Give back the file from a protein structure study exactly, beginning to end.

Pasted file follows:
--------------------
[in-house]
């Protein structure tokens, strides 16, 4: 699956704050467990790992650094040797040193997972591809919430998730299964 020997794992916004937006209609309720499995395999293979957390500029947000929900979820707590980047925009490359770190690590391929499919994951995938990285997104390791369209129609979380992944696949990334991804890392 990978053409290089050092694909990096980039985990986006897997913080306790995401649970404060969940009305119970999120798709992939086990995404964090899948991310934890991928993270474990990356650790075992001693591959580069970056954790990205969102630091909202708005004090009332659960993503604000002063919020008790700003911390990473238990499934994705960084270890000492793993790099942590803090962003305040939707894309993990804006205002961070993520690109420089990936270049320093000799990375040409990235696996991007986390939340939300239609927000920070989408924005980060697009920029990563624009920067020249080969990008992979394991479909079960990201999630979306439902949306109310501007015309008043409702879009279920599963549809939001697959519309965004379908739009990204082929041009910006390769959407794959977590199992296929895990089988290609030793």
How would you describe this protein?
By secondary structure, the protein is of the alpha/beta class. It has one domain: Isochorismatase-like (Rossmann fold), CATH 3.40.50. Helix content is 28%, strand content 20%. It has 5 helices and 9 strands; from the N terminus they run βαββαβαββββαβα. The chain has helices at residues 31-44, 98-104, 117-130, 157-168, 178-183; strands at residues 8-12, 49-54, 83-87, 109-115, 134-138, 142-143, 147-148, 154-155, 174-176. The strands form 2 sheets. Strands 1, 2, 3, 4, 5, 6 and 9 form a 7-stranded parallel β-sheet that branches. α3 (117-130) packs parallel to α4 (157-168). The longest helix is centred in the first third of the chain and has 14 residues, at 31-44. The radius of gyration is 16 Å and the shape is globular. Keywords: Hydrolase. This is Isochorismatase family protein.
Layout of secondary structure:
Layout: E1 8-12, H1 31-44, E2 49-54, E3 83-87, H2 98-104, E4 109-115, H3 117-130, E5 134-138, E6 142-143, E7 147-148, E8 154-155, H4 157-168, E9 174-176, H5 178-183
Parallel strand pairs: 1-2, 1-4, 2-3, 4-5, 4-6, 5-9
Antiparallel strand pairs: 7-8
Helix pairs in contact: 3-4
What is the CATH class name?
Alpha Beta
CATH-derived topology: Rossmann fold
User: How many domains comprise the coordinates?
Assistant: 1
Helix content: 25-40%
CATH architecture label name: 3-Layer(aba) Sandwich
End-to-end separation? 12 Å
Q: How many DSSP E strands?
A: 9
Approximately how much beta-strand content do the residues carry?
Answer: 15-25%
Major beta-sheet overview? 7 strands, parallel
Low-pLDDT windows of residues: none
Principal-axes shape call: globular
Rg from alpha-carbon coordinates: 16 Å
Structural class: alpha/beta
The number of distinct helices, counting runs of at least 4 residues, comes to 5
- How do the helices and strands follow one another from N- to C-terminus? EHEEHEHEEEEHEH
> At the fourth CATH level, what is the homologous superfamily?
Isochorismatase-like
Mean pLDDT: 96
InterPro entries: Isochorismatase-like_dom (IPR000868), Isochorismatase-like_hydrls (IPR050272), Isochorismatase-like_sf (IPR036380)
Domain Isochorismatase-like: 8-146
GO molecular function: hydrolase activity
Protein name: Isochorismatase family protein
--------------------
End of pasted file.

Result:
[in-house]
């Protein structure tokens, strides 16, 4: 699956704050467990790992650094040797040193997972591809919430998730299964 020997794992916004937006209609309720499995395999293979957390500029947000929900979820707590980047925009490359770190690590391929499919994951995938990285997104390791369209129609979380992944696949990334991804890392 990978053409290089050092694909990096980039985990986006897997913080306790995401649970404060969940009305119970999120798709992939086990995404964090899948991310934890991928993270474990990356650790075992001693591959580069970056954790990205969102630091909202708005004090009332659960993503604000002063919020008790700003911390990473238990499934994705960084270890000492793993790099942590803090962003305040939707894309993990804006205002961070993520690109420089990936270049320093000799990375040409990235696996991007986390939340939300239609927000920070989408924005980060697009920029990563624009920067020249080969990008992979394991479909079960990201999630979306439902949306109310501007015309008043409702879009279920599963549809939001697959519309965004379908739009990204082929041009910006390769959407794959977590199992296929895990089988290609030793």
How would you describe this protein?
By secondary structure, the protein is of the alpha/beta class. It has one domain: Isochorismatase-like (Rossmann fold), CATH 3.40.50. Helix content is 28%, strand content 20%. It has 5 helices and 9 strands; from the N terminus they run βαββαβαββββαβα. The chain has helices at residues 31-44, 98-104, 117-130, 157-168, 178-183; strands at residues 8-12, 49-54, 83-87, 109-115, 134-138, 142-143, 147-148, 154-155, 174-176. The strands form 2 sheets. Strands 1, 2, 3, 4, 5, 6 and 9 form a 7-stranded parallel β-sheet that branches. α3 (117-130) packs parallel to α4 (157-168). The longest helix is centred in the first third of the chain and has 14 residues, at 31-44. The radius of gyration is 16 Å and the shape is globular. Keywords: Hydrolase. This is Isochorismatase family protein.
Layout of secondary structure:
Layout: E1 8-12, H1 31-44, E2 49-54, E3 83-87, H2 98-104, E4 109-115, H3 117-130, E5 134-138, E6 142-143, E7 147-148, E8 154-155, H4 157-168, E9 174-176, H5 178-183
Parallel strand pairs: 1-2, 1-4, 2-3, 4-5, 4-6, 5-9
Antiparallel strand pairs: 7-8
Helix pairs in contact: 3-4
What is the CATH class name?
Alpha Beta
CATH-derived topology: Rossmann fold
User: How many domains comprise the coordinates?
Assistant: 1
Helix content: 25-40%
CATH architecture label name: 3-Layer(aba) Sandwich
End-to-end separation? 12 Å
Q: How many DSSP E strands?
A: 9
Approximately how much beta-strand content do the residues carry?
Answer: 15-25%
Major beta-sheet overview? 7 strands, parallel
Low-pLDDT windows of residues: none
Principal-axes shape call: globular
Rg from alpha-carbon coordinates: 16 Å
Structural class: alpha/beta
The number of distinct helices, counting runs of at least 4 residues, comes to 5
- How do the helices and strands follow one another from N- to C-terminus? EHEEHEHEEEEHEH
> At the fourth CATH level, what is the homologous superfamily?
Isochorismatase-like
Mean pLDDT: 96
InterPro entries: Isochorismatase-like_dom (IPR000868), Isochorismatase-like_hydrls (IPR050272), Isochorismatase-like_sf (IPR036380)
Domain Isochorismatase-like: 8-146
GO molecular function: hydrolase activity
Protein name: Isochorismatase family protein